- Under supply-side accounting, energy efficiency faces binding capacity market commitments, giving market operators more confidence in the quantity and delivery of energy efficiency measures.
- Supply-side accounting leads to improved load forecasts relative to demand-side accounting, which is inherently conservative, reducing load forecast uncertainty and avoiding capacity over-procurement.
- Energy efficiency—particularly non-utility or ‘merchant’ energy efficiency—faces fewer barriers to entry under a supply-side accounting paradigm because all resources are able to compete to provide capacity on the same forward time horizon.
- Capacity market and resource adequacy procurement outcomes are more cost-effective with supply-side accounting due to the factors above, which facilitate more energy efficiency participation and avoid inflated load forecasts, thereby reducing overall capacity costs.
The second paper, Enabling Cost-Effective Energy Efficiency in the Midcontinent ISO Resource Adequacy Construct, focuses on the MISO market, where the resource adequacy construct is being reviewed and updated in light of a changing resource mix and system needs. The Brattle Group identifies two key decision points for energy efficiency participation, and offers recommendations to maximize the benefits of energy efficiency in the MISO market.
First, The Brattle Group recommends continuing to allow energy efficiency to participate in the market as a supply-side capacity resource, for all the reasons outlined above. Second, The Brattle Group also recommends continuing to rely on gross accounting rather than making a switch to net accounting. Under gross accounting, peak energy reductions from an energy efficiency measure are compared to a baseline that corresponds with the MISO peak load forecast. Under net accounting, gross savings are adjusted to reflect total savings caused by an energy efficiency program. The Brattle Group explains that while net accounting has a role in evaluating the efficacy of state or utility energy efficiency programs, it is not a relevant metric for wholesale capacity markets, where what matters is real and verified energy efficiency contributions to resource adequacy—exactly what gross accounting measures.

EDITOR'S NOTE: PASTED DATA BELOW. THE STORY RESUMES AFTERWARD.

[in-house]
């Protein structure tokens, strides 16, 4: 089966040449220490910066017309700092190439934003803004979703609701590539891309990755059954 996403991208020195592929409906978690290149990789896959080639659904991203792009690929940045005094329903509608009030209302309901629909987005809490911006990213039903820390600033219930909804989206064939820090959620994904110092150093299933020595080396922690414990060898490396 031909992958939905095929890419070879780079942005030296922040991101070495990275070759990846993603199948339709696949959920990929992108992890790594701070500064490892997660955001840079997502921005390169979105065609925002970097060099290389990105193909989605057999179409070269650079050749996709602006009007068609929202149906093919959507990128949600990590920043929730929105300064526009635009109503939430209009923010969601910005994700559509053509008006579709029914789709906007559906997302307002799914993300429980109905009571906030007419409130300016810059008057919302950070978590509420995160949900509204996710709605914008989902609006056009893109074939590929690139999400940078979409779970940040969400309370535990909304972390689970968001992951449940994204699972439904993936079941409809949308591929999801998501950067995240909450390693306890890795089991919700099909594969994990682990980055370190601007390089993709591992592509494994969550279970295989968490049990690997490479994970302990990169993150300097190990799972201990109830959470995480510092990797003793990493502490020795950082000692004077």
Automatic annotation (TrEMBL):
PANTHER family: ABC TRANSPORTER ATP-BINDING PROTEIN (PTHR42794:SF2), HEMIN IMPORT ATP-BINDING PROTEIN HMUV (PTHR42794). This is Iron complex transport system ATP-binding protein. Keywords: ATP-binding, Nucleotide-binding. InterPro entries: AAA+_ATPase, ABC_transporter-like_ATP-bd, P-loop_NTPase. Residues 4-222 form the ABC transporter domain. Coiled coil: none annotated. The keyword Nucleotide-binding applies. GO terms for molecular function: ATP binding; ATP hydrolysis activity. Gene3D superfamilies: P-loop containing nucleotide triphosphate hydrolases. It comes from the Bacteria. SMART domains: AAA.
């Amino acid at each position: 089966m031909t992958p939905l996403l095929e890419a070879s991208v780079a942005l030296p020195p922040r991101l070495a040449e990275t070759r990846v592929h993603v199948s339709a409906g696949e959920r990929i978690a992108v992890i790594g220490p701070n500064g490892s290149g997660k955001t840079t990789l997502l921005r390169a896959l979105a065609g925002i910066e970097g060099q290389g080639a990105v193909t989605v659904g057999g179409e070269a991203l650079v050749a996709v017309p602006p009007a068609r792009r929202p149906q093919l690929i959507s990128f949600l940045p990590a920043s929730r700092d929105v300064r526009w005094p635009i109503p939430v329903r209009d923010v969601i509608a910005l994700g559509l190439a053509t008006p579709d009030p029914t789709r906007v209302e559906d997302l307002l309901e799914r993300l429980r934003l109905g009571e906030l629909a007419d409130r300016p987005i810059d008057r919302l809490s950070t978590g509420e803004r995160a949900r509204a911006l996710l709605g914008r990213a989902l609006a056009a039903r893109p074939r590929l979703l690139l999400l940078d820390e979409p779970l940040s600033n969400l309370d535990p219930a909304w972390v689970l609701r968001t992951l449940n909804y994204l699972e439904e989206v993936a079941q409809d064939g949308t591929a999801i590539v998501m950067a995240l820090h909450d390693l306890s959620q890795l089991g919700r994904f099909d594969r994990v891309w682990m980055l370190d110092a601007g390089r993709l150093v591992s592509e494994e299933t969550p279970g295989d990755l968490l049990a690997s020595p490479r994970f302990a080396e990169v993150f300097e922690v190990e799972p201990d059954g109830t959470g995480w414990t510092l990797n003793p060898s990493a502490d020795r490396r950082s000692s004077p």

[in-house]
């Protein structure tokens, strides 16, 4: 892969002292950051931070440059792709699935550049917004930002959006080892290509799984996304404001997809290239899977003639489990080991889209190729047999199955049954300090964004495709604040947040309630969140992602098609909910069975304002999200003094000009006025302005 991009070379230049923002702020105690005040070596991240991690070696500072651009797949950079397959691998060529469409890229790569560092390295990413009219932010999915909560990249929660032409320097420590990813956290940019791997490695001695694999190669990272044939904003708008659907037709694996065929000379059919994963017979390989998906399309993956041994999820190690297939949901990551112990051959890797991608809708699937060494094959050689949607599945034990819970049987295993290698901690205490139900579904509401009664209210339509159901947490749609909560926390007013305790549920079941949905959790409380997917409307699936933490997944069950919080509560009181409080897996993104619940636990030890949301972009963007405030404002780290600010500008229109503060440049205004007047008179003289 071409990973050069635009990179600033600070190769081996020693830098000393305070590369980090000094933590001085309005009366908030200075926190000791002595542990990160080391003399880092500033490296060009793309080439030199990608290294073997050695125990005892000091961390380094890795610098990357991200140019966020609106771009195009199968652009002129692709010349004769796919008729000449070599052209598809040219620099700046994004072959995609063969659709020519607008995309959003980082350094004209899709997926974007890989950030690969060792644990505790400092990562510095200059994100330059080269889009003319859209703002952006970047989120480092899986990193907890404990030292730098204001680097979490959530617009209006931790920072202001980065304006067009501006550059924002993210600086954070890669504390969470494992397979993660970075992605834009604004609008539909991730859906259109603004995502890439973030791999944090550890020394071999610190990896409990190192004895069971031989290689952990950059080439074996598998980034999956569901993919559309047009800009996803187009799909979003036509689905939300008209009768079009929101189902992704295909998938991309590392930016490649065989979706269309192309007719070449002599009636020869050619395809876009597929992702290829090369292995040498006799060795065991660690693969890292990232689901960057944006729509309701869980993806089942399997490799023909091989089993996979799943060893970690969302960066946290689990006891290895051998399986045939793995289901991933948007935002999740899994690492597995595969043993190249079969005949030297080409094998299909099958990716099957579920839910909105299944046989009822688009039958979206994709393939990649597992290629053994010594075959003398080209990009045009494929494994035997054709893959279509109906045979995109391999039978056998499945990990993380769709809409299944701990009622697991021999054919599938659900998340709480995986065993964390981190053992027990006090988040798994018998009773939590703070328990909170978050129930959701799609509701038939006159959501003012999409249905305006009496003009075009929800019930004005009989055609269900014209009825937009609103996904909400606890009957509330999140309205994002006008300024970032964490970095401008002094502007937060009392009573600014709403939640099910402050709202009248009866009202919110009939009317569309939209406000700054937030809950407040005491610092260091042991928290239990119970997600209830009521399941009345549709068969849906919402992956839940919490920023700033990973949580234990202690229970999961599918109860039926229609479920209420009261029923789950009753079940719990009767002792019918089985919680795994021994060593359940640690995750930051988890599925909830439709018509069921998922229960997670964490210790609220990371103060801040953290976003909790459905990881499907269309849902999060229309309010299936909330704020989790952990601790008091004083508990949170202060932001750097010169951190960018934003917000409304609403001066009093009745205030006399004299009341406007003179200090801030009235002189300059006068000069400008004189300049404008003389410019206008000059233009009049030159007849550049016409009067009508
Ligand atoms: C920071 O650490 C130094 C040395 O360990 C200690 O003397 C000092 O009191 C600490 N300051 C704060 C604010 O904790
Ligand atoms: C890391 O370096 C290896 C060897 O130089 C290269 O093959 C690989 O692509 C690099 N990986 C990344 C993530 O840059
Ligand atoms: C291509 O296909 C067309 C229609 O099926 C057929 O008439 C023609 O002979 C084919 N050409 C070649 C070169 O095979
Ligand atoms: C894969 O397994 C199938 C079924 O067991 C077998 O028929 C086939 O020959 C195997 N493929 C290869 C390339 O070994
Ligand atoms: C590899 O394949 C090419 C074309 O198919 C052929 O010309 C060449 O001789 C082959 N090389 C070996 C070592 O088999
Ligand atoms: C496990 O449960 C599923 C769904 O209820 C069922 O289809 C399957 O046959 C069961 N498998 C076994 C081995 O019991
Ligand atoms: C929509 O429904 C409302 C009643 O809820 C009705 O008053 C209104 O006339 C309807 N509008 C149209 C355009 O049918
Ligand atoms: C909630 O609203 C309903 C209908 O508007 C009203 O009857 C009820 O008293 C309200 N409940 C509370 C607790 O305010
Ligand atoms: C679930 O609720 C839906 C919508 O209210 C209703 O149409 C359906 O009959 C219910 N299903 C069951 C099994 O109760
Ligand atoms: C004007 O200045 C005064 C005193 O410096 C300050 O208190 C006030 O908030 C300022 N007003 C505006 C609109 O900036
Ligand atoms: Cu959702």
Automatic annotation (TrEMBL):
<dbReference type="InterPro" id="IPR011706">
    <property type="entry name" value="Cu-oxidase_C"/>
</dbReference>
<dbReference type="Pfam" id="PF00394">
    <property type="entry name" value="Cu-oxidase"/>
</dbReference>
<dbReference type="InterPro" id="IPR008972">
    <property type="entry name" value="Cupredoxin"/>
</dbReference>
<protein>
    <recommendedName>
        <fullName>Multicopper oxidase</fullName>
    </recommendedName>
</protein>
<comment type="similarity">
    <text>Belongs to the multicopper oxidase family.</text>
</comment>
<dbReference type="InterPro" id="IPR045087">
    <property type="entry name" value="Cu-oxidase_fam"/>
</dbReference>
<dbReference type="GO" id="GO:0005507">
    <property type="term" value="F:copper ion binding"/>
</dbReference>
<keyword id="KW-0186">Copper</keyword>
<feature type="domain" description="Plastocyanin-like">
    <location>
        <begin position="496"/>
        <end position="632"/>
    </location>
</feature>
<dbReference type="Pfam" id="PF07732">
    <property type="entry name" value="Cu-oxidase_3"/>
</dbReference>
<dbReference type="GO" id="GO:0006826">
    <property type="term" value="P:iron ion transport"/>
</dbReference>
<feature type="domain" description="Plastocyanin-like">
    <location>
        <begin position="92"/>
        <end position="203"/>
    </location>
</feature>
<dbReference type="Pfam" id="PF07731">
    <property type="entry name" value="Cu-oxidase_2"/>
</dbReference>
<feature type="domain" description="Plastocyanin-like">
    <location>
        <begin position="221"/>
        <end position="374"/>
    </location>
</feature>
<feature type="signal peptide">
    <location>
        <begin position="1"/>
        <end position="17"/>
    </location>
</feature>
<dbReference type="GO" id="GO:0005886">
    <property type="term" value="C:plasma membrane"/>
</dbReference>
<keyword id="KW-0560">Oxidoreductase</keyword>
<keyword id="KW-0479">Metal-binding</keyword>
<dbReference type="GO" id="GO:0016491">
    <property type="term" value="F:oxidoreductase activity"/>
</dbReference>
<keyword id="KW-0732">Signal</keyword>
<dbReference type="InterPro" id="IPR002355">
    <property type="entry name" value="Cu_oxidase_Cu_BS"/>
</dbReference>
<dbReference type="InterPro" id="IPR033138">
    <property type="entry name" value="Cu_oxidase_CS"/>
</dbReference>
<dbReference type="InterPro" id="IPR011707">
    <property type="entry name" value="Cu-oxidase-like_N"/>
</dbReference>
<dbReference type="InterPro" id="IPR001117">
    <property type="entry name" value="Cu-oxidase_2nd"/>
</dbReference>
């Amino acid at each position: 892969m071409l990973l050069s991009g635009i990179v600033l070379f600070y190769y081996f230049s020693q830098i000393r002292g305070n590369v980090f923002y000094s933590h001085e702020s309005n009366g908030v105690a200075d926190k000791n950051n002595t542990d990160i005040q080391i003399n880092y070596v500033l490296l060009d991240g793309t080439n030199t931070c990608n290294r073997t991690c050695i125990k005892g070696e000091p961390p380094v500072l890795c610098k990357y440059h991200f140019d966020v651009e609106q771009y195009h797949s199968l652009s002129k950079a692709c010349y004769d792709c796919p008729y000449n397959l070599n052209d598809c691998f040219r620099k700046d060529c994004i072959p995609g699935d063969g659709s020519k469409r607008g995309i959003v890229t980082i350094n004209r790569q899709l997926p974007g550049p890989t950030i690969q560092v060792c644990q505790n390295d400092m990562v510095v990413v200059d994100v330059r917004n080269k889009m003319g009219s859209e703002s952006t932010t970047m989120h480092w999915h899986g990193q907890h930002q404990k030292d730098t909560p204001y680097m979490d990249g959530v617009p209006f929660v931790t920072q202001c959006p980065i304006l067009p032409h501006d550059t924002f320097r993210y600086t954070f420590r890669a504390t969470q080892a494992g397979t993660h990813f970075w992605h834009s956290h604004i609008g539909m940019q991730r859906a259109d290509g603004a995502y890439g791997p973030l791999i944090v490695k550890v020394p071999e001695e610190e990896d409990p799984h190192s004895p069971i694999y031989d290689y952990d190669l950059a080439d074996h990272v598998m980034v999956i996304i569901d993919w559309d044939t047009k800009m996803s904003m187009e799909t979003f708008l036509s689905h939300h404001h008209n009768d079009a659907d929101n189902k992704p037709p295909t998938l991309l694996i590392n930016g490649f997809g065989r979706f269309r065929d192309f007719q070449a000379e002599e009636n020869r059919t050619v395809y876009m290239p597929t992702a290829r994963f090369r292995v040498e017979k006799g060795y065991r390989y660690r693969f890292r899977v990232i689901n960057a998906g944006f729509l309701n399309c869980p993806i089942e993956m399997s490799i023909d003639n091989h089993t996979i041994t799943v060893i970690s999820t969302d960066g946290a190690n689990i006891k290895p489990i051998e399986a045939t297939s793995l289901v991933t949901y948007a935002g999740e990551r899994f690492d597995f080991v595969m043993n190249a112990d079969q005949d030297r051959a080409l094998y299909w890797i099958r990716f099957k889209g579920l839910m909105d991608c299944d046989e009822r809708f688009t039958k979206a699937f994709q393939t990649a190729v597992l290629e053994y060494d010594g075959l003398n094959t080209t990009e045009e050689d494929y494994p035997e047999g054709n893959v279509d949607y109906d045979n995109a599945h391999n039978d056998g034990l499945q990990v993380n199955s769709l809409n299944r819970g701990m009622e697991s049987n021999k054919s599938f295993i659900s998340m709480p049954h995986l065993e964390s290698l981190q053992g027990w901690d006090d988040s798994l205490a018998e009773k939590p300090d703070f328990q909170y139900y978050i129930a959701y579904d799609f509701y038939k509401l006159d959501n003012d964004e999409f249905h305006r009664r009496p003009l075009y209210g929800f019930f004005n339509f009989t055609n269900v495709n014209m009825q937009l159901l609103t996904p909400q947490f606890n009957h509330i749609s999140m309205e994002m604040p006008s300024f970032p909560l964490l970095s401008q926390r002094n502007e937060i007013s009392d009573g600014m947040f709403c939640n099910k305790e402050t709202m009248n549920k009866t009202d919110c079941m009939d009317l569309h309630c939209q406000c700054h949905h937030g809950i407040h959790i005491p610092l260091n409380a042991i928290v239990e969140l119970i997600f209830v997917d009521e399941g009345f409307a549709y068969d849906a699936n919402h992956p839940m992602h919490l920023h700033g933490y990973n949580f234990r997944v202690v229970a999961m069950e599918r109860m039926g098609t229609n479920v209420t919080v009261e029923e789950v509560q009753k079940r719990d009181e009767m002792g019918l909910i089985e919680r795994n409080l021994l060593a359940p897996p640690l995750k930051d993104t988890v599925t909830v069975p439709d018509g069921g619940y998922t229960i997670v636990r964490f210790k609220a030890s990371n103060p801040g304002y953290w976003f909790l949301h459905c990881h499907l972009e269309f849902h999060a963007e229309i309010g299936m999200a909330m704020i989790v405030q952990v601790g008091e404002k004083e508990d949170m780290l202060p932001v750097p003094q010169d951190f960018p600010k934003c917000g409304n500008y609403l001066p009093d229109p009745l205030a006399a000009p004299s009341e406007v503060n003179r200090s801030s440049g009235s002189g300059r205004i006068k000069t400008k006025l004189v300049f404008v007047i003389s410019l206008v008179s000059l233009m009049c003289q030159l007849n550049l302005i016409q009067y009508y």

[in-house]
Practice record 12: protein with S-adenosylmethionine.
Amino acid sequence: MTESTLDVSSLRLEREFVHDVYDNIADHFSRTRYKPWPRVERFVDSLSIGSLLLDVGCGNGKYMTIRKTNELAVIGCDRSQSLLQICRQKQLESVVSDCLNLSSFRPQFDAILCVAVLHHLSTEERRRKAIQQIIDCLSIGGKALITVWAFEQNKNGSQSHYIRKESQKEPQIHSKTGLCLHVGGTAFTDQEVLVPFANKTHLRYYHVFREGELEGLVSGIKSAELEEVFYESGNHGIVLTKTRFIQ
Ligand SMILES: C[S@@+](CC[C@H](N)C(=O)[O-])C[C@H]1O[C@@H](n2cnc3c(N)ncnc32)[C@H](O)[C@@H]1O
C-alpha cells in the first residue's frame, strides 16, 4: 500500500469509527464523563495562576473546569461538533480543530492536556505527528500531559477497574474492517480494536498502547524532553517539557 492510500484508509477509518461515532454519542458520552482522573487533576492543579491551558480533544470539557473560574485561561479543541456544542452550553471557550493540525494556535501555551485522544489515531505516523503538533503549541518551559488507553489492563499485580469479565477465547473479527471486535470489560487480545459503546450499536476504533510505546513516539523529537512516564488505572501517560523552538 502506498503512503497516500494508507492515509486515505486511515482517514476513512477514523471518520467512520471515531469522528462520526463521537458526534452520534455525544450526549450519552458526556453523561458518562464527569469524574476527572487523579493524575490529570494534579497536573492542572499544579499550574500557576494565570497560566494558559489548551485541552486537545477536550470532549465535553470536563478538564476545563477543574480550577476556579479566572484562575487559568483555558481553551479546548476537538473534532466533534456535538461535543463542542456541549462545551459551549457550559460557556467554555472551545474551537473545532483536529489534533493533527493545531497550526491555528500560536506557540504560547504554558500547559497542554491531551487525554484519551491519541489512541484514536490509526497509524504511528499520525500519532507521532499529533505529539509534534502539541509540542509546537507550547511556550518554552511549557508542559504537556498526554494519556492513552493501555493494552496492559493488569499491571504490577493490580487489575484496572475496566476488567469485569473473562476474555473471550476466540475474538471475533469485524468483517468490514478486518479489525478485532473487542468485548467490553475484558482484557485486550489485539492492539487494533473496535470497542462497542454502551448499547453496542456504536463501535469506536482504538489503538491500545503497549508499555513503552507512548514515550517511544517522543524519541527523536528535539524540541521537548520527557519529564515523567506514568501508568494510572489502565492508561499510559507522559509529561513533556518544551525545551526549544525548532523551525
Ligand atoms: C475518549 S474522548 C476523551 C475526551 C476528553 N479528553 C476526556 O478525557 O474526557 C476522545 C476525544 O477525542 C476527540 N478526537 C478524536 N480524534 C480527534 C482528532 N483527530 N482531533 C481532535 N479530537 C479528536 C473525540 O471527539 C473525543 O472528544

“Imposing proof of ‘net’ savings on merchant EE providers would increase participation costs, reduce developers’ ability to achieve EE savings, under-count the total quantity of EE deployments, lead markets to procure more expensive (but unused) capacity resources, and increase costs for customers,” the paper finds. The Brattle Group further explains that studies to prove “causality” as would be required to determine net savings would be subjective, discriminatory, and unfairly burdensome, since equivalent determinations are not required for other resource types.
“Avoiding subjective and discriminatory administrative barriers to participation by energy efficiency—including merchant energy efficiency—is essential to maintain competitive markets,” said Dennis. “Allowing supply-side participation by energy efficiency and relying on gross accounting methodologies are two key ways to ensure that energy efficiency can compete fairly, and for customers and systems operators to leverage the benefits of that participation.”